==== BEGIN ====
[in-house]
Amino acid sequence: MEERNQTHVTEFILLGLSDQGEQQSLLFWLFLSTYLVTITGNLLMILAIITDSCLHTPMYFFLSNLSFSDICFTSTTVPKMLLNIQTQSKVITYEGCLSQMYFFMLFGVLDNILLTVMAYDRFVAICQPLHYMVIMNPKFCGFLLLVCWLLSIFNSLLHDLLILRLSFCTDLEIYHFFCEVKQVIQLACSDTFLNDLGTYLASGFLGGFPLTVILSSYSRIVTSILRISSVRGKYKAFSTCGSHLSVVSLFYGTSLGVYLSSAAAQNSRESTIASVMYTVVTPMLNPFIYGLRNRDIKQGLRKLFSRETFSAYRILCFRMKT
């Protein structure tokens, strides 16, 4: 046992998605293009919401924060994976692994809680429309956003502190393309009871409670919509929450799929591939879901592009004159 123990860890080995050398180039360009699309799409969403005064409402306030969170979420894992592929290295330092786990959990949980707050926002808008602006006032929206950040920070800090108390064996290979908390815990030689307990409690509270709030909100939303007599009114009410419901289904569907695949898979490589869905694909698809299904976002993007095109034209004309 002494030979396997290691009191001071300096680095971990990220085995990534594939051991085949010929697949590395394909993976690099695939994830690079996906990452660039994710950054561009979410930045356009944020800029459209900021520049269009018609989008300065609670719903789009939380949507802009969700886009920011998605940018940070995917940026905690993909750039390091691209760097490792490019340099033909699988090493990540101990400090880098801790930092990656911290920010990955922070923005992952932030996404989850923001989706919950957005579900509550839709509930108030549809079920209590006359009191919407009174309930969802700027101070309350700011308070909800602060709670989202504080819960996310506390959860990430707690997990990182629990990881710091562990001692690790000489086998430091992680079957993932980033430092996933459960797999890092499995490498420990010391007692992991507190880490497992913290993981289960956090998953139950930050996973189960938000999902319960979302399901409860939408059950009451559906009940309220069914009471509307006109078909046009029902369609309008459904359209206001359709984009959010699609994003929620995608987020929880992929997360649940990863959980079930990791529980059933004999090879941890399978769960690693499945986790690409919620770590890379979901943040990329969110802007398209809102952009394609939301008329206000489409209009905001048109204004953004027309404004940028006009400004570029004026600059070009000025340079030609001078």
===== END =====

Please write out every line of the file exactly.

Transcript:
[in-house]
Amino acid sequence: MEERNQTHVTEFILLGLSDQGEQQSLLFWLFLSTYLVTITGNLLMILAIITDSCLHTPMYFFLSNLSFSDICFTSTTVPKMLLNIQTQSKVITYEGCLSQMYFFMLFGVLDNILLTVMAYDRFVAICQPLHYMVIMNPKFCGFLLLVCWLLSIFNSLLHDLLILRLSFCTDLEIYHFFCEVKQVIQLACSDTFLNDLGTYLASGFLGGFPLTVILSSYSRIVTSILRISSVRGKYKAFSTCGSHLSVVSLFYGTSLGVYLSSAAAQNSRESTIASVMYTVVTPMLNPFIYGLRNRDIKQGLRKLFSRETFSAYRILCFRMKT
């Protein structure tokens, strides 16, 4: 046992998605293009919401924060994976692994809680429309956003502190393309009871409670919509929450799929591939879901592009004159 123990860890080995050398180039360009699309799409969403005064409402306030969170979420894992592929290295330092786990959990949980707050926002808008602006006032929206950040920070800090108390064996290979908390815990030689307990409690509270709030909100939303007599009114009410419901289904569907695949898979490589869905694909698809299904976002993007095109034209004309 002494030979396997290691009191001071300096680095971990990220085995990534594939051991085949010929697949590395394909993976690099695939994830690079996906990452660039994710950054561009979410930045356009944020800029459209900021520049269009018609989008300065609670719903789009939380949507802009969700886009920011998605940018940070995917940026905690993909750039390091691209760097490792490019340099033909699988090493990540101990400090880098801790930092990656911290920010990955922070923005992952932030996404989850923001989706919950957005579900509550839709509930108030549809079920209590006359009191919407009174309930969802700027101070309350700011308070909800602060709670989202504080819960996310506390959860990430707690997990990182629990990881710091562990001692690790000489086998430091992680079957993932980033430092996933459960797999890092499995490498420990010391007692992991507190880490497992913290993981289960956090998953139950930050996973189960938000999902319960979302399901409860939408059950009451559906009940309220069914009471509307006109078909046009029902369609309008459904359209206001359709984009959010699609994003929620995608987020929880992929997360649940990863959980079930990791529980059933004999090879941890399978769960690693499945986790690409919620770590890379979901943040990329969110802007398209809102952009394609939301008329206000489409209009905001048109204004953004027309404004940028006009400004570029004026600059070009000025340079030609001078």